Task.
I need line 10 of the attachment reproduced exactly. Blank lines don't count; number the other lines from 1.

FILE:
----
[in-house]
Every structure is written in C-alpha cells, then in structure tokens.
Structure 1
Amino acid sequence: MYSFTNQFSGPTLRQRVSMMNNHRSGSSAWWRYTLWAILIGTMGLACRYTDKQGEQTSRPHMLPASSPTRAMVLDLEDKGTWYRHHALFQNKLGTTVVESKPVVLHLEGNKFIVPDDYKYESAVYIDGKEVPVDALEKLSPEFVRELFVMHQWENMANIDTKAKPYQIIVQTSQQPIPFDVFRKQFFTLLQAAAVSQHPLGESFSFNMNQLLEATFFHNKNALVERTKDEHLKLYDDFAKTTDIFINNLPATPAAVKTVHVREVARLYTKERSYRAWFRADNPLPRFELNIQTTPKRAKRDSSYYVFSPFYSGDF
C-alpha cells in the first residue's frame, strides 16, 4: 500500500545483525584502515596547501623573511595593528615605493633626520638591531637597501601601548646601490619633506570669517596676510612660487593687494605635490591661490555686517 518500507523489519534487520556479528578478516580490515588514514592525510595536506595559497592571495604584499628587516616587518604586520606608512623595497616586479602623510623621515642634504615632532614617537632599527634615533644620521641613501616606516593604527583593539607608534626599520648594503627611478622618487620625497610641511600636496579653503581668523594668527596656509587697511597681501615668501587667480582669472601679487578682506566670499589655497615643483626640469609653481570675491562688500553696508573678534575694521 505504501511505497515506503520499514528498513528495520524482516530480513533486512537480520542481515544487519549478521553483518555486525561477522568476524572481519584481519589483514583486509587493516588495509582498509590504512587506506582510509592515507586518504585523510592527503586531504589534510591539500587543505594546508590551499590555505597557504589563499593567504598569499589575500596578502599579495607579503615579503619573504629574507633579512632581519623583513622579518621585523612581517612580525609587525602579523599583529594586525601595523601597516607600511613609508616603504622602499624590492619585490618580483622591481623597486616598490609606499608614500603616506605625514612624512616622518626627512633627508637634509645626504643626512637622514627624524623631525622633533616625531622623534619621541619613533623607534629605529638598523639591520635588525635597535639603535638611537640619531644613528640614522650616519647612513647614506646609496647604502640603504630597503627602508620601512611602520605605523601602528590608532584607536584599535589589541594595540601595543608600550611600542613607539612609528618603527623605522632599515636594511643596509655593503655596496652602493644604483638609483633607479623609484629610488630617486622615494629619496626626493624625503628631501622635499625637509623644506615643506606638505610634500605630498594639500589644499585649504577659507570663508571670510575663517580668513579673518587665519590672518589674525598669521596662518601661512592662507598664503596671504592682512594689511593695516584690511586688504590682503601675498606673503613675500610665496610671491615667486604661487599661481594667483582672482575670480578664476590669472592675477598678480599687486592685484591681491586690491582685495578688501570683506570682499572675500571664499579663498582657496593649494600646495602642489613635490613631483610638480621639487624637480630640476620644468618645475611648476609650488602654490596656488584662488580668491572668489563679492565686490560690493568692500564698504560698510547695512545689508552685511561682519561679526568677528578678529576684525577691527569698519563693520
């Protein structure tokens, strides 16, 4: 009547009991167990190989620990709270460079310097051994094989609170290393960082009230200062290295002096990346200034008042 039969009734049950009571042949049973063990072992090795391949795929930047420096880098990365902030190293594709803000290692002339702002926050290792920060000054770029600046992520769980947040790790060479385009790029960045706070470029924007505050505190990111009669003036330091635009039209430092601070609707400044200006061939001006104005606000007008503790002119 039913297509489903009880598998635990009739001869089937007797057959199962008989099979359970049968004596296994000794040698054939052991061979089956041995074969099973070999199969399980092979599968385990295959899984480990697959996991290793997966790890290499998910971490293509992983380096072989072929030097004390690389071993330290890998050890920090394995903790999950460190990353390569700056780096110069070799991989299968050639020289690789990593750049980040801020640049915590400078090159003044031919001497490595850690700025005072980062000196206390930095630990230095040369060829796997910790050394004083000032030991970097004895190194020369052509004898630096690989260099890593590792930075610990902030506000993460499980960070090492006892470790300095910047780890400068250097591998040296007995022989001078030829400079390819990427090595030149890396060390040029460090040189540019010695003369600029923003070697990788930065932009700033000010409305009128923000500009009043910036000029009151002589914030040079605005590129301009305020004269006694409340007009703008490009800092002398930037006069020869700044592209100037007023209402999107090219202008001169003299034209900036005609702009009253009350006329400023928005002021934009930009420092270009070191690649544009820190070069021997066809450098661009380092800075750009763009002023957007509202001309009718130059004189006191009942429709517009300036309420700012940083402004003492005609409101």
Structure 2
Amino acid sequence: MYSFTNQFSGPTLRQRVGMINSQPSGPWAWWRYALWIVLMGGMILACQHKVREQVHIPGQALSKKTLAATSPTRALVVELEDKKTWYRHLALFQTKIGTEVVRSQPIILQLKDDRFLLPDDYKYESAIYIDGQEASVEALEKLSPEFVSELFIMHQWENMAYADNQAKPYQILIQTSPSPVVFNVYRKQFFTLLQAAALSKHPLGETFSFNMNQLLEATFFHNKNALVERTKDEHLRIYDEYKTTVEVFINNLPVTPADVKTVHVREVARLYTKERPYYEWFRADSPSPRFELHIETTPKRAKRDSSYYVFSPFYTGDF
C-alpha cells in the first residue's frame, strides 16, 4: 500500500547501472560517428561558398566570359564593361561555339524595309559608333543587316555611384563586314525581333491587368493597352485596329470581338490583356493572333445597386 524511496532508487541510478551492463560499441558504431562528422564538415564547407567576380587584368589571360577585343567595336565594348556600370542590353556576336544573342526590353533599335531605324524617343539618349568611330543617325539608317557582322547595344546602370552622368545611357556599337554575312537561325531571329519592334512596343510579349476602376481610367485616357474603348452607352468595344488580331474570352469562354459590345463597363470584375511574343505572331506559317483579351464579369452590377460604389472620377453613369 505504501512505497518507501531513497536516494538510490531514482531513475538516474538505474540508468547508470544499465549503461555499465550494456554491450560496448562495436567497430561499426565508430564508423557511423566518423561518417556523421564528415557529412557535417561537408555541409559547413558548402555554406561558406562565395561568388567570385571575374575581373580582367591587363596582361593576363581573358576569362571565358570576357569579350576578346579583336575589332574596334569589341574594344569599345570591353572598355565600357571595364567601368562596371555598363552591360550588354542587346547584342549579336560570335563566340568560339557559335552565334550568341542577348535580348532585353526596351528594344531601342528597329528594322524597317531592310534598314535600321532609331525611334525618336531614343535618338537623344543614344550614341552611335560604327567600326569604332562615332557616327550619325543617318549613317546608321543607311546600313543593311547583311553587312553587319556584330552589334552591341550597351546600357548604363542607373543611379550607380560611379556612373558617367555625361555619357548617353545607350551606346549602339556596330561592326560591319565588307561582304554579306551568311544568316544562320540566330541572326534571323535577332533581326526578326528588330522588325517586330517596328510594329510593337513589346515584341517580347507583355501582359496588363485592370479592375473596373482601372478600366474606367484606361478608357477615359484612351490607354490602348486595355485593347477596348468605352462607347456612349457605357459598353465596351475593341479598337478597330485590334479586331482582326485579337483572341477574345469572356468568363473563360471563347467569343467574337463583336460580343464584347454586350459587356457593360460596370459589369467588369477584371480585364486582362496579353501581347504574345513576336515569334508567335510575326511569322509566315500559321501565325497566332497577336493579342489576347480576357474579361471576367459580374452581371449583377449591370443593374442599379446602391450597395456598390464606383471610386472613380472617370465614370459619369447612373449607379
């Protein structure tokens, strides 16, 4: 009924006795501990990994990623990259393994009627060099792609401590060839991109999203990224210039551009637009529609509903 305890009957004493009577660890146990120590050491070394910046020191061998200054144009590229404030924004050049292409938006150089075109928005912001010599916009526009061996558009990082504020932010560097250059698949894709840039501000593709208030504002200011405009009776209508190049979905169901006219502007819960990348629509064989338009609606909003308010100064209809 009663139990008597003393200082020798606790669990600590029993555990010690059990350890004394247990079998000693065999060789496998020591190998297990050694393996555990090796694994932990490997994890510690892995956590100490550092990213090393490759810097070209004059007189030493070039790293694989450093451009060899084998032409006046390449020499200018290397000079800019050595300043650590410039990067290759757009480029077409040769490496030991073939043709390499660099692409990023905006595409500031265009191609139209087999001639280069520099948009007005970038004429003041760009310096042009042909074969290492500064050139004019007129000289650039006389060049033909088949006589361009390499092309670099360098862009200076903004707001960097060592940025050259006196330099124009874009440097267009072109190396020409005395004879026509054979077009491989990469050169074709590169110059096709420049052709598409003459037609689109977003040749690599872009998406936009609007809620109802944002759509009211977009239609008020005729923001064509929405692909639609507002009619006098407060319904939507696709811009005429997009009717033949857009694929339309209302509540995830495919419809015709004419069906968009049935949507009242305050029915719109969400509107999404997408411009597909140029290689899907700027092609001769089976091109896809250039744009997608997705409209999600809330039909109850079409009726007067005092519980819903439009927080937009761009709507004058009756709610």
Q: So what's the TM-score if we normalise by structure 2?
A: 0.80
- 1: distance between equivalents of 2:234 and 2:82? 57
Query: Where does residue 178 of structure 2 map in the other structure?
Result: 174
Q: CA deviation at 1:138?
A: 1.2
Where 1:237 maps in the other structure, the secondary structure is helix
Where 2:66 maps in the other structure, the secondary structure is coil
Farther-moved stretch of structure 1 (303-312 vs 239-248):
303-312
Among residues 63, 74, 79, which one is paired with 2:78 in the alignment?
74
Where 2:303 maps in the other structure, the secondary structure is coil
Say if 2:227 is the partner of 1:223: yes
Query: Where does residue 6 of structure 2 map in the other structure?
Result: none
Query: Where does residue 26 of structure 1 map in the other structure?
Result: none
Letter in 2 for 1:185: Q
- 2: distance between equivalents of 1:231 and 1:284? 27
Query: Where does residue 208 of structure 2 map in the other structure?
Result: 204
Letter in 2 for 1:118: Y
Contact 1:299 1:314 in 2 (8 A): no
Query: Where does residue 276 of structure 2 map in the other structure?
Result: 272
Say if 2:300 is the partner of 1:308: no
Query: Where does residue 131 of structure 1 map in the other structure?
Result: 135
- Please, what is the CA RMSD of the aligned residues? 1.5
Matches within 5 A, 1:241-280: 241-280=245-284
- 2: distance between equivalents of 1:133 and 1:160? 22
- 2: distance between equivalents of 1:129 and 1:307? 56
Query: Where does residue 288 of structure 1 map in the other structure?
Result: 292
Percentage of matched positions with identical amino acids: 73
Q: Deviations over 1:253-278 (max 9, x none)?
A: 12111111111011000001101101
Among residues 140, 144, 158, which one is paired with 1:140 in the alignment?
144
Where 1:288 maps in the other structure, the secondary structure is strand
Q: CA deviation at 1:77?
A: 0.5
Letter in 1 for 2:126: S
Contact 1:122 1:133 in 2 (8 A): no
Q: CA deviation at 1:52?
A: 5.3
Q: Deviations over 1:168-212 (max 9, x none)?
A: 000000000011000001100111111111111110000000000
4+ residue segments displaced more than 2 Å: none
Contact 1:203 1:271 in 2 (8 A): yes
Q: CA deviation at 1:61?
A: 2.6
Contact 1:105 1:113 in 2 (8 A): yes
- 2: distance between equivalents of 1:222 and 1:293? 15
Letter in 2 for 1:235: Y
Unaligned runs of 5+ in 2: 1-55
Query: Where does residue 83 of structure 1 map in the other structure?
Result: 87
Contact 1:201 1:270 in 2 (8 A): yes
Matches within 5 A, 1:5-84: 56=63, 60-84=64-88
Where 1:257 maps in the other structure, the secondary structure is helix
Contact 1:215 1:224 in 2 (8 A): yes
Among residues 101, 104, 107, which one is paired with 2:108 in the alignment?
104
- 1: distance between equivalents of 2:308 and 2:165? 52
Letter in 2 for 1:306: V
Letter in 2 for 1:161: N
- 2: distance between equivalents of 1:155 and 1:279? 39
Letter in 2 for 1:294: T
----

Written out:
């Protein structure tokens, strides 16, 4: 009924006795501990990994990623990259393994009627060099792609401590060839991109999203990224210039551009637009529609509903 305890009957004493009577660890146990120590050491070394910046020191061998200054144009590229404030924004050049292409938006150089075109928005912001010599916009526009061996558009990082504020932010560097250059698949894709840039501000593709208030504002200011405009009776209508190049979905169901006219502007819960990348629509064989338009609606909003308010100064209809 009663139990008597003393200082020798606790669990600590029993555990010690059990350890004394247990079998000693065999060789496998020591190998297990050694393996555990090796694994932990490997994890510690892995956590100490550092990213090393490759810097070209004059007189030493070039790293694989450093451009060899084998032409006046390449020499200018290397000079800019050595300043650590410039990067290759757009480029077409040769490496030991073939043709390499660099692409990023905006595409500031265009191609139209087999001639280069520099948009007005970038004429003041760009310096042009042909074969290492500064050139004019007129000289650039006389060049033909088949006589361009390499092309670099360098862009200076903004707001960097060592940025050259006196330099124009874009440097267009072109190396020409005395004879026509054979077009491989990469050169074709590169110059096709420049052709598409003459037609689109977003040749690599872009998406936009609007809620109802944002759509009211977009239609008020005729923001064509929405692909639609507002009619006098407060319904939507696709811009005429997009009717033949857009694929339309209302509540995830495919419809015709004419069906968009049935949507009242305050029915719109969400509107999404997408411009597909140029290689899907700027092609001769089976091109896809250039744009997608997705409209999600809330039909109850079409009726007067005092519980819903439009927080937009761009709507004058009756709610």